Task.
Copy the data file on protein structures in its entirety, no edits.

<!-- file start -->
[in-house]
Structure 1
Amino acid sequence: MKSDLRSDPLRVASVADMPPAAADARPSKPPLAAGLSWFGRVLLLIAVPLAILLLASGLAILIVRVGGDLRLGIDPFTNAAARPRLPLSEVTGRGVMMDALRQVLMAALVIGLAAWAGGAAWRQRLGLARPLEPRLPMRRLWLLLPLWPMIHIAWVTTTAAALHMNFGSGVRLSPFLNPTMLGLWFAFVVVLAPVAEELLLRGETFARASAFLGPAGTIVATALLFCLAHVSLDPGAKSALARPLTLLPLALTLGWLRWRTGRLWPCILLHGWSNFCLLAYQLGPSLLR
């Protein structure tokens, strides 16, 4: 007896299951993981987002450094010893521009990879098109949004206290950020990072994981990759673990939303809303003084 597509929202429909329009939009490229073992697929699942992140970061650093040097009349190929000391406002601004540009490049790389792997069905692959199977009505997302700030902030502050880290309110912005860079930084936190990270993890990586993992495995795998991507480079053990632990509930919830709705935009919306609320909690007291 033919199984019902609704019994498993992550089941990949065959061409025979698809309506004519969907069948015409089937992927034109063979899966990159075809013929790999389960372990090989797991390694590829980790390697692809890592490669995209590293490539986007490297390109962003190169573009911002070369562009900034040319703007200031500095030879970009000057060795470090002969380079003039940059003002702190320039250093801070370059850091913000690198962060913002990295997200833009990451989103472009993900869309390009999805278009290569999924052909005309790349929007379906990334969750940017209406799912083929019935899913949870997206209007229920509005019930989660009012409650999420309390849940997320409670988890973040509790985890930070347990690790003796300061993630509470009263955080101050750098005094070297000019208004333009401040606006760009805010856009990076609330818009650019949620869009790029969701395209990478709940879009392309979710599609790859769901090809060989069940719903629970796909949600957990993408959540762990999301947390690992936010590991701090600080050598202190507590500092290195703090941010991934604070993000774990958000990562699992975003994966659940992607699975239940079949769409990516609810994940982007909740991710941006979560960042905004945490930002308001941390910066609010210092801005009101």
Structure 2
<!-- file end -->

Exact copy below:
[in-house]
Structure 1
Amino acid sequence: MKSDLRSDPLRVASVADMPPAAADARPSKPPLAAGLSWFGRVLLLIAVPLAILLLASGLAILIVRVGGDLRLGIDPFTNAAARPRLPLSEVTGRGVMMDALRQVLMAALVIGLAAWAGGAAWRQRLGLARPLEPRLPMRRLWLLLPLWPMIHIAWVTTTAAALHMNFGSGVRLSPFLNPTMLGLWFAFVVVLAPVAEELLLRGETFARASAFLGPAGTIVATALLFCLAHVSLDPGAKSALARPLTLLPLALTLGWLRWRTGRLWPCILLHGWSNFCLLAYQLGPSLLR
């Protein structure tokens, strides 16, 4: 007896299951993981987002450094010893521009990879098109949004206290950020990072994981990759673990939303809303003084 597509929202429909329009939009490229073992697929699942992140970061650093040097009349190929000391406002601004540009490049790389792997069905692959199977009505997302700030902030502050880290309110912005860079930084936190990270993890990586993992495995795998991507480079053990632990509930919830709705935009919306609320909690007291 033919199984019902609704019994498993992550089941990949065959061409025979698809309506004519969907069948015409089937992927034109063979899966990159075809013929790999389960372990090989797991390694590829980790390697692809890592490669995209590293490539986007490297390109962003190169573009911002070369562009900034040319703007200031500095030879970009000057060795470090002969380079003039940059003002702190320039250093801070370059850091913000690198962060913002990295997200833009990451989103472009993900869309390009999805278009290569999924052909005309790349929007379906990334969750940017209406799912083929019935899913949870997206209007229920509005019930989660009012409650999420309390849940997320409670988890973040509790985890930070347990690790003796300061993630509470009263955080101050750098005094070297000019208004333009401040606006760009805010856009990076609330818009650019949620869009790029969701395209990478709940879009392309979710599609790859769901090809060989069940719903629970796909949600957990993408959540762990999301947390690992936010590991701090600080050598202190507590500092290195703090941010991934604070993000774990958000990562699992975003994966659940992607699975239940079949769409990516609810994940982007909740991710941006979560960042905004945490930002308001941390910066609010210092801005009101």
Structure 2